August 11, 2010

Joan Rivers: A Piece of Work

August 10, 2010

Boy do I wish I could have dreamed up a character like Joan Rivers: sassy, profane, bold, and scared out of her mind. Such a strange brew, so much larger than life.

Here is a woman who talks straight about everything, shouting down an angry heckler during one of her stand-up routines because he takes offense at the fact that she’s making fun of deaf people. Nothing is sacred, she yells at him. Everything awful about life needs to be laughed at. That’s how you survive.

OK. Fair enough. Yet this documentary of her 75th year opens with a tight shot of her face, no make-up, wrinkles and all. It’s not a pretty picture that quickly dissolves behind the skillfully painted-on eyebrows, lips, and dewy skin. What you see is a mask. She admits that age is the one mountain she can’t climb, but she’s doing everything she can to deny that she’s a septuagenarian.

Why? Because if she looks old, she won’t be able to perform. If she’s not on stage, if her calendar is blank and she has no more club dates, comedy roasts, QVC appearances, she’ll simply cease to exist. Like her daughter Melissa says, she realized growing up that she had a sibling, her mother’s career—“the career” as everyone in the family called it.

A couple of times, I got the feeling that Rivers was posing and mugging for the camera. Otherwise, the filmmakers remain unobtrusive, but they don’t need to interject themselves much. Rivers is up to the task of carrying her story all by herself.

The one-liners come so fast that it’s hard to remember most of them. I’ll have to see the film again with paper and pen in hand to copy the best ones down. My favorite, though, is her response Johnny Carson's disingenuous assertion that men are interested in women for their minds.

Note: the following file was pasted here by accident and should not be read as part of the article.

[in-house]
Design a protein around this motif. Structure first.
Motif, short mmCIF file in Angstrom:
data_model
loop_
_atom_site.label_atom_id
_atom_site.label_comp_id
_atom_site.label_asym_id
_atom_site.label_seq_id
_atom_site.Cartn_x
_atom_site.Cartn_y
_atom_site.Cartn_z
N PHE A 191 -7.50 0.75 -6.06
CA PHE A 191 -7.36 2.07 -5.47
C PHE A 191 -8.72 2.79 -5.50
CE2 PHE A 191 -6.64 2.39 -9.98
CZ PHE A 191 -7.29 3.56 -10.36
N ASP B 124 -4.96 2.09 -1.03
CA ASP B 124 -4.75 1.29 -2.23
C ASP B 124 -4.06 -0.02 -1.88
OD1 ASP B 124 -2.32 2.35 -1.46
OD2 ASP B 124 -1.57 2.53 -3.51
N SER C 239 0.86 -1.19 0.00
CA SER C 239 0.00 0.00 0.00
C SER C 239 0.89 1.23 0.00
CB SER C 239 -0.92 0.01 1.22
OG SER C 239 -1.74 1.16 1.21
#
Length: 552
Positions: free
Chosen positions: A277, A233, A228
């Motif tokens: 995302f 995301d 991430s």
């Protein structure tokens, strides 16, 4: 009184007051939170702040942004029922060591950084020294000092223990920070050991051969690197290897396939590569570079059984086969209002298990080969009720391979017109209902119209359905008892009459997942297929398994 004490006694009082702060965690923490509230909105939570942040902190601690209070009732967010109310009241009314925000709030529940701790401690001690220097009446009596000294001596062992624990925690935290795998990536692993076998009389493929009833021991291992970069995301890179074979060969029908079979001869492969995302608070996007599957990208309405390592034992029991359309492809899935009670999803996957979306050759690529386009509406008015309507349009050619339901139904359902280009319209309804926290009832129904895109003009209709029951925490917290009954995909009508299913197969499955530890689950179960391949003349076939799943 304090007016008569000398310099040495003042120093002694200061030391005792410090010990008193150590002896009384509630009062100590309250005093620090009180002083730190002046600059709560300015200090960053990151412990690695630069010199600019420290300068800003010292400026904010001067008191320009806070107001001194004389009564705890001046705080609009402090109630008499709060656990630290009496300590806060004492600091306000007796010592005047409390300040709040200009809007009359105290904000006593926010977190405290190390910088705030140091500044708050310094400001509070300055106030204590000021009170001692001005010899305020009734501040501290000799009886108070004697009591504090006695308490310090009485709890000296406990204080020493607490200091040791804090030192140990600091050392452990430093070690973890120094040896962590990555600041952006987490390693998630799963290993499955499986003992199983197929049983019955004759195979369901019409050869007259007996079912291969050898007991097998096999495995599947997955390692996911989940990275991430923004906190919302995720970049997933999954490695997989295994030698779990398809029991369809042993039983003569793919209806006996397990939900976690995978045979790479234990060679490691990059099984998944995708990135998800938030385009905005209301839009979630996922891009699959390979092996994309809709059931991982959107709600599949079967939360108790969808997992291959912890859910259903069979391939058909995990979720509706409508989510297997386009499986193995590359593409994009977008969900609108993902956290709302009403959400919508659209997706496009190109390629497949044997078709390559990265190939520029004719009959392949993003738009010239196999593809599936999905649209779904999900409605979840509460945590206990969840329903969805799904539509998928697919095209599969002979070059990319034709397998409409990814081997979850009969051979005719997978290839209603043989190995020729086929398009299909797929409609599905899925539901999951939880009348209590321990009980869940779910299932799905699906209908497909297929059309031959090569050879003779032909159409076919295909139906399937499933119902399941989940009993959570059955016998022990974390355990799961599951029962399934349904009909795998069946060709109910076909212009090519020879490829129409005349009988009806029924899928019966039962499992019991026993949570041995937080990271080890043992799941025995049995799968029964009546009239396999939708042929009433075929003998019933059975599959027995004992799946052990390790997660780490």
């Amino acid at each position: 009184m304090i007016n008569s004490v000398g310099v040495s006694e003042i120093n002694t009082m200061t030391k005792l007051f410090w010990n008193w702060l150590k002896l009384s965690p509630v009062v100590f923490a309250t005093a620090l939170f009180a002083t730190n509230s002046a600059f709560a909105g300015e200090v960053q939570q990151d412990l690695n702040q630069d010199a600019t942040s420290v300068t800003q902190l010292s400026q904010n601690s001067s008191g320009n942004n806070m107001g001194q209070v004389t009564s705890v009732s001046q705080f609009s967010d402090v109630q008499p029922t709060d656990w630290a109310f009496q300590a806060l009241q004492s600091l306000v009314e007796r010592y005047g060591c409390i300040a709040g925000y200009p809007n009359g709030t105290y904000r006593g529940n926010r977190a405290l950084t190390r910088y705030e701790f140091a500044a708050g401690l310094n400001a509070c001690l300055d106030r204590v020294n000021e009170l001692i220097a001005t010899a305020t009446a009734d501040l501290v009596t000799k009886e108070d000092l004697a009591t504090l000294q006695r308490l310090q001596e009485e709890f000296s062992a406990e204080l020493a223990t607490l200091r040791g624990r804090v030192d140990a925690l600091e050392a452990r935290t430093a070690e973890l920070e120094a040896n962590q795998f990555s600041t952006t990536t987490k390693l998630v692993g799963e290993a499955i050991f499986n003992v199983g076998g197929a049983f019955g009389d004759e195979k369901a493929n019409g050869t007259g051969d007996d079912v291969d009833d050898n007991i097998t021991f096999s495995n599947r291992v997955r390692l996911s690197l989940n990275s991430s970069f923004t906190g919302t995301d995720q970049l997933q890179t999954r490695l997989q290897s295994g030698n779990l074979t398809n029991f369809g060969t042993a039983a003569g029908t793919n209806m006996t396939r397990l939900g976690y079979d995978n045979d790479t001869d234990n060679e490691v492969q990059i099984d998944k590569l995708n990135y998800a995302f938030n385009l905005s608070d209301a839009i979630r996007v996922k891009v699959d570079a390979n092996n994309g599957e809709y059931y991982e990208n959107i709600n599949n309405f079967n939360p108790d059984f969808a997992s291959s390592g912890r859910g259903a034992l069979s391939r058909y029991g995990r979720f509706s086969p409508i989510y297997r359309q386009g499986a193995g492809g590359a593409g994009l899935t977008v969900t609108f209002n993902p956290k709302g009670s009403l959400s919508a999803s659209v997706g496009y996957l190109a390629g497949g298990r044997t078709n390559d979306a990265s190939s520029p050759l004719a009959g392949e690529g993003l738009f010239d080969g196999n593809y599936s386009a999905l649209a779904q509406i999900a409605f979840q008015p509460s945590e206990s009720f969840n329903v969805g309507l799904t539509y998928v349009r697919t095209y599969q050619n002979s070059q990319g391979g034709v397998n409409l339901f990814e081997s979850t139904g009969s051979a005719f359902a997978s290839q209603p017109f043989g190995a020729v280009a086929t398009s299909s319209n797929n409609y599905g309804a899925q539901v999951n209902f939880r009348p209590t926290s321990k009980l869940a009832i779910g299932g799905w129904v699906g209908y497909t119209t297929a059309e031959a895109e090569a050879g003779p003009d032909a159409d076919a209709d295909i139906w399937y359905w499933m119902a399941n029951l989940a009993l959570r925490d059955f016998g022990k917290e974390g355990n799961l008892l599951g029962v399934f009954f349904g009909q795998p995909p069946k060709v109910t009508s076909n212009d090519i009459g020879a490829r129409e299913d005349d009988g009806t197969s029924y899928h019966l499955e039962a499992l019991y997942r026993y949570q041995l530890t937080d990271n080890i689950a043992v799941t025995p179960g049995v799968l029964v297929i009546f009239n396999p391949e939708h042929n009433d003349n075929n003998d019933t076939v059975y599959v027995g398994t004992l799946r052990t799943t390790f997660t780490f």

“I’ve never known a man to stick his hand up a woman’s skirt looking for her library card,” Rivers replies drolly. The audience response is thunderous.

When she’s performing in small nightclubs, the f-bombs fall at a steady rate. Most of the time, people who overuse the f-word lack imagination. Not Rivers, who riffs on anal sex and Blackberries in one breath and Marie Antoinette in the next with lots of swearing that fits right in. I never realized how absolutely hilarious she is because I’ve mainly seen her on TV, where she has to behave herself. (Funny that her most recent coup was winning "Celebrity Apprentice," where ironically she beat out Melissa.)

The documentary glosses over her early life and her marital woes. Her husband Edgar’s suicide gets short shrift. Uncharacteristic reticence from a woman who seems determined to let you see her kitchen, her dog, the rows and rows of metal boxes that contain every joke she’s ever told.

Still, she’s a trouper with a work schedule that makes me yearn for an immediate nap, a woman who’ll say anything, even in these most politically correct times. She’s terrified, and she’s not.

That's why I kept thinking it would be a trip to write a meta-biography about Rivers, a person both so real and unreal that it’s hard to tell whether she exists at all.

Here are a review and a trailer. Enjoy.

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